Self Discovery Through Recovery

Easily nine years ago I wrote an article titled Self Discovery through Recovery for a mental health newspaper.

I’m reading the books Born for This and The Economy of You about how to create side gigs for yourself as  a soloist or in addition to a day job. I recommend you read these books too.

In the late 1980s when I first wanted to get a full-time job there was no practical career counseling or career assessment. I got a job as an Administrative Assistant because it was the option that presented itself to me as the best one from the limited choices I had.

My memoir Left of the Dial chronicles how after that early detour in a mental health system and rocky start in a failed gray flannel insurance career I was able to  find a creative job in a field I love.

Recovery gives us the chance to discover ourselves. I was always fond of saying you need to give yourself the gift of a lifetime to make positive changes.

Set a “lifeline” instead of an impossible-to-reach deadline. Read the books I’ve recommended in this blog entry.

Civil rights leader Howard Thurman is quoted:

“Don’t ask what the world needs.  Ask what makes you come alive, and go do that, because what the world needs is people who have come alive.”

This quote sums up a great model for recovery: discovering what gives you joy and going and doing that, like I’ve always advocated for.

The world does need more people who have come alive.

Recovery is the process of coming alive by reinventing yourself and living out your passions every day or as often as you can.

I’ll be 51 in two weeks. I’m living proof that you don’t have to make yourself miserable one minute in a job you don’t like just to pay the bills. You might not discover your dream job until later in life like I did when I was 35. That’s OK. Sometimes you do have to try one or two things or more to figure out the right thing.

The author of Born for This calls this “career shopping” instead of career hopping.

Finding what you were born to do is a great way to be Alive in the World.

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Getting Credentials

Years ago SZ magazine featured people who were interviewed about what to do if you have schizophrenia and might have negative symptoms and not be able to work.

The analogy was given that if you like music you could join a band. Flame are professional artists that perform throughout America. No kidding.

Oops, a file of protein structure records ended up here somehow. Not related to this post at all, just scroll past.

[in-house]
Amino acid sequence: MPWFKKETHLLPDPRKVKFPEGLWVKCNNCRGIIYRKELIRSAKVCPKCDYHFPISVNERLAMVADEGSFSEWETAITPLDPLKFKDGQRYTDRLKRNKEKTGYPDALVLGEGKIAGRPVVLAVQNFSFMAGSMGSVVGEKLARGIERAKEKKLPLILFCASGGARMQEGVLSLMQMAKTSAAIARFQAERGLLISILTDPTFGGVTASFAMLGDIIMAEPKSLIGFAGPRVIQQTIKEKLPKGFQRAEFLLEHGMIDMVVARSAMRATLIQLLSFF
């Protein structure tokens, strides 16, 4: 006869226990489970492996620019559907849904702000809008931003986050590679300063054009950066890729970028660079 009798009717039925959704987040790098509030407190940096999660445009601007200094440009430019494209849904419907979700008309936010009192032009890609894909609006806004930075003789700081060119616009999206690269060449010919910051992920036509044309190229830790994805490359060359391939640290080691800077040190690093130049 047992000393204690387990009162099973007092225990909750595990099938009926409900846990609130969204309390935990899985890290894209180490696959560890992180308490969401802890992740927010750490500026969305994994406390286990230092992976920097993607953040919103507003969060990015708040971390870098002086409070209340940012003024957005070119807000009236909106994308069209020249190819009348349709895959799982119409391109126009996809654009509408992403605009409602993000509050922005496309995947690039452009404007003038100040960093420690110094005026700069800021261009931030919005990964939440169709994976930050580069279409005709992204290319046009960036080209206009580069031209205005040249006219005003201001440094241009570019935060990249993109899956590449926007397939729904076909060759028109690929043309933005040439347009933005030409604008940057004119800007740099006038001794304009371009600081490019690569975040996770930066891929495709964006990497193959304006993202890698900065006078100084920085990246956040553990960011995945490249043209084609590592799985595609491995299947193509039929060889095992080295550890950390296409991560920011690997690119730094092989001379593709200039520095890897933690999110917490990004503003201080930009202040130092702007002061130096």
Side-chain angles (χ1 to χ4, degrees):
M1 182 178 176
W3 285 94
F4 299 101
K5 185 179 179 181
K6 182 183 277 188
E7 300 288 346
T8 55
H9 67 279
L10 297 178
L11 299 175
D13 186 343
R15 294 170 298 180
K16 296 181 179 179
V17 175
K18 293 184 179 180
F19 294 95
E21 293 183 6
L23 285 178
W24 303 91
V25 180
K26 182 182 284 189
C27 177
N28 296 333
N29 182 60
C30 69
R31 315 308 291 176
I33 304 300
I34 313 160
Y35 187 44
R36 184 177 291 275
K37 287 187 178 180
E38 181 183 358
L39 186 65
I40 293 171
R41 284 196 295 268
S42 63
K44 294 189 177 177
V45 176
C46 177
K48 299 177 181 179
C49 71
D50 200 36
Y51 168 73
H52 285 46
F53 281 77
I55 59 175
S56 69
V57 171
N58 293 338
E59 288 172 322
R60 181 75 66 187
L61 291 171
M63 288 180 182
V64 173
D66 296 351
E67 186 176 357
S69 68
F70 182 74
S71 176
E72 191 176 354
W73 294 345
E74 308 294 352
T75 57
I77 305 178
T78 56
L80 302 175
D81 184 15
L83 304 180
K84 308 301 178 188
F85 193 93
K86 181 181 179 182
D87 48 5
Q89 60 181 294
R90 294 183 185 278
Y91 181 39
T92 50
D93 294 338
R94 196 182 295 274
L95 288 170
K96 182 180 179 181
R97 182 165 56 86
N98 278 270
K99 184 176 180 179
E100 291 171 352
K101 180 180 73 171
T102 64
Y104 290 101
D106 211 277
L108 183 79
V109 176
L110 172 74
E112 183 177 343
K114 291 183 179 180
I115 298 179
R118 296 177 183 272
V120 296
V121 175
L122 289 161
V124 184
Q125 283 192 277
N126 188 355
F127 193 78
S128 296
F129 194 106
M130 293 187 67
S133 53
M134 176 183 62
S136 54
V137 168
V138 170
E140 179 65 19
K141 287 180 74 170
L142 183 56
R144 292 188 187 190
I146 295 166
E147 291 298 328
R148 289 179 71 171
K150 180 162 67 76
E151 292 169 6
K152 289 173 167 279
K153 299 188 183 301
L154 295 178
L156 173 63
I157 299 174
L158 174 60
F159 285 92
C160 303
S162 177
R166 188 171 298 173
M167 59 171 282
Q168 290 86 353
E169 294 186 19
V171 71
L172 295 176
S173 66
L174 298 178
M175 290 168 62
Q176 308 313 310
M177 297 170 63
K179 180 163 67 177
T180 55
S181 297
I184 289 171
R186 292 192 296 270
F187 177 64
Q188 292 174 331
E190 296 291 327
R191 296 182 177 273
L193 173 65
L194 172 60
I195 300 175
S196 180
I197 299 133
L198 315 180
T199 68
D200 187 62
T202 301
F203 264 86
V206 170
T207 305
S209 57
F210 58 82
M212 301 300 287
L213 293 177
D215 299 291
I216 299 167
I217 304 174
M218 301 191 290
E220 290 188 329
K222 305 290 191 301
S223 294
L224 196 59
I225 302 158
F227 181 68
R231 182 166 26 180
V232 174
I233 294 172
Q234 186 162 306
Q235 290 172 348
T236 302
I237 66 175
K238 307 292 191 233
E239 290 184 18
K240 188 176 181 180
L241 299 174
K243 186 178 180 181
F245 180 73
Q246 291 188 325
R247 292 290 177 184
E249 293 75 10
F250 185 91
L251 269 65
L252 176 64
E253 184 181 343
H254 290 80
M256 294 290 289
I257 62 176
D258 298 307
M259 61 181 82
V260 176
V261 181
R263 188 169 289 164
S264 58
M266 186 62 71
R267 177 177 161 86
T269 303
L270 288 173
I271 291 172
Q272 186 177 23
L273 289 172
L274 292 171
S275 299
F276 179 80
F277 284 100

I wrote at HealthCentral a news article titled: “Recovery Strategies: Getting Credentials.” It riffed on the ideas in the magazine feature.

What I championed was that you can boost your mood and your confidence by getting credentials. Like anyone else who performs in a field you can claim that title.

A woman who played the piano identified as a pianist. I identified as an athlete because I’m a fitness buff and gym fan.

Really anything positive and healthy that a person does is a form of credentialing. This was an insight I had about how to boost self-esteem.

The moral of this story is that boosting your mood and getting confidence is possible. And it’s not ever too late to try something new.

It wasn’t until I turned 46 that I started to cook from recipes all sorts of delicious food. I even created a lobster roll on my own. I was 46 too when I started to train at the gym.

Thus I make the case for getting credentials.

Christina Bruni’s Future TED Talk

Giving an 18-minute TED Talk has become a phenomenon in recent years. I would talk about something specific if I had the opportunity to give a TED Talk.

Here goes:

What I write springs from my premise that people can recover from mental illnesses. So I write things as if recovery is possible. I’m confident my readers have the capability of trying to create a better life for themselves. This blueprint for living is going to be different for each of us.

I have strong views because I’m stubborn: I refused to believe I couldn’t achieve my goals. I knew that as long as I took action I would achieve what I set out to.

How come I was able to think I could do these things? I didn’t know whether I could: I decided I had to try, because as long as I tried my best, there would be no shame if I failed.

You have to fail: failure is often necessary in order to arrive at a better place in your life. A person should not be afraid to fail big and fail often.

Perfection isn’t the goal. Being certain you’ve done the right things all the time is a false security–and being certain at all times is not the goal either.

Taking action is the goal. Have you heard the 1980s term “paralysis by analysis?” Taking risks is the goal. The more risks you take, the more confidence you get.

You don’t get confident doing nothing. You don’t get confident watching TV all the time. You get confident by taking action even when you don’t have the faith that things will work out. The Zen saying tells us: “Leap, and the net will appear.”

A university professor told his class: “Everyone has an agenda.” Your purpose for being here on earth in this lifetime is your agenda. What is your vision for what you want to do in your life? What is it you want to champion for yourself and others?

Find that purpose–the spark that gives you energy to wake up in the morning. Go do and advance that and you won’t need to be certain of anything. You’ll take action regardless of the result because you believe in your vision.

You won’t always win. It might take you years and years to be successful. That’s okay.

Do what you believe in. Passion is the goal.